Spectral Searching and Spectral Subtraction

With the availability of computerized data acquisition and storage it is possible to build digital libraries of standard reference spectra. The identity of an a unknown compound can often be determined by comparing its spectrum against a library of reference spectra, a process is known as spectral searching. Comparisons are made using an algorithm that calculates the cumulative difference between the sample’s spectrum and a reference spectrum.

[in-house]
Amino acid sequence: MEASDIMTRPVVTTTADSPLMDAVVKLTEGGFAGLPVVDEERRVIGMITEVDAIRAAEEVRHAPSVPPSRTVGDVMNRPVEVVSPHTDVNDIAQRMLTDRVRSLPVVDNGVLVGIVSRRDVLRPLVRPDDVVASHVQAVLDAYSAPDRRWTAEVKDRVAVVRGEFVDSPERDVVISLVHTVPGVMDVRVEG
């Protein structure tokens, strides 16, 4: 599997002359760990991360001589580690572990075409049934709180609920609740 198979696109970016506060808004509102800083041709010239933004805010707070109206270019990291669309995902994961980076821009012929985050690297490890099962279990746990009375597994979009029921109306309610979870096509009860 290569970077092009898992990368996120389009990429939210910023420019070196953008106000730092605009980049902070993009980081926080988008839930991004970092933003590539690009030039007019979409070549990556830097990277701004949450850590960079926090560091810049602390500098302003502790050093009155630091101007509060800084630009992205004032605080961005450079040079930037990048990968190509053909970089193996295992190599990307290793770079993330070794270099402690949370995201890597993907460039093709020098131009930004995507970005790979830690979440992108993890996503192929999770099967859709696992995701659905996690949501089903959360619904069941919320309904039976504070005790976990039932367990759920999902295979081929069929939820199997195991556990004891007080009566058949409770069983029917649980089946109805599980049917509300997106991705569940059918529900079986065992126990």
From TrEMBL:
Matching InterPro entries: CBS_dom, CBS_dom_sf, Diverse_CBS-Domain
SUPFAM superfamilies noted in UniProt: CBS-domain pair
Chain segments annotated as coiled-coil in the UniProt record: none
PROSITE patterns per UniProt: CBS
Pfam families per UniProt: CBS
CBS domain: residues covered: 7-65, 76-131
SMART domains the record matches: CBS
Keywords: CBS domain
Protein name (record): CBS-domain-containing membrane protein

Another advantage of computerized data acquisition is the ability to subtract one spectrum from another. When coupled with spectral searching it may be possible, by repeatedly searching and subtracting reference spectra, to determine the identity of several components in a sample without the need of a prior separation step. An example is shown below in which the composition of a two-component mixture is determined by successive searching and subtraction: (a) the mixture’s spectrum ; (b) a search of the spectral library selects cocaine•HCl as a likely component of the mixture; (c) the resulting spectrum after subtracting the reference spectrum for cocaine•HCl; (d) a search yields mannitol as the mixture’s likely second component; (e) subtracting the reference spectrum for mannitol leaves only a small residual signal.


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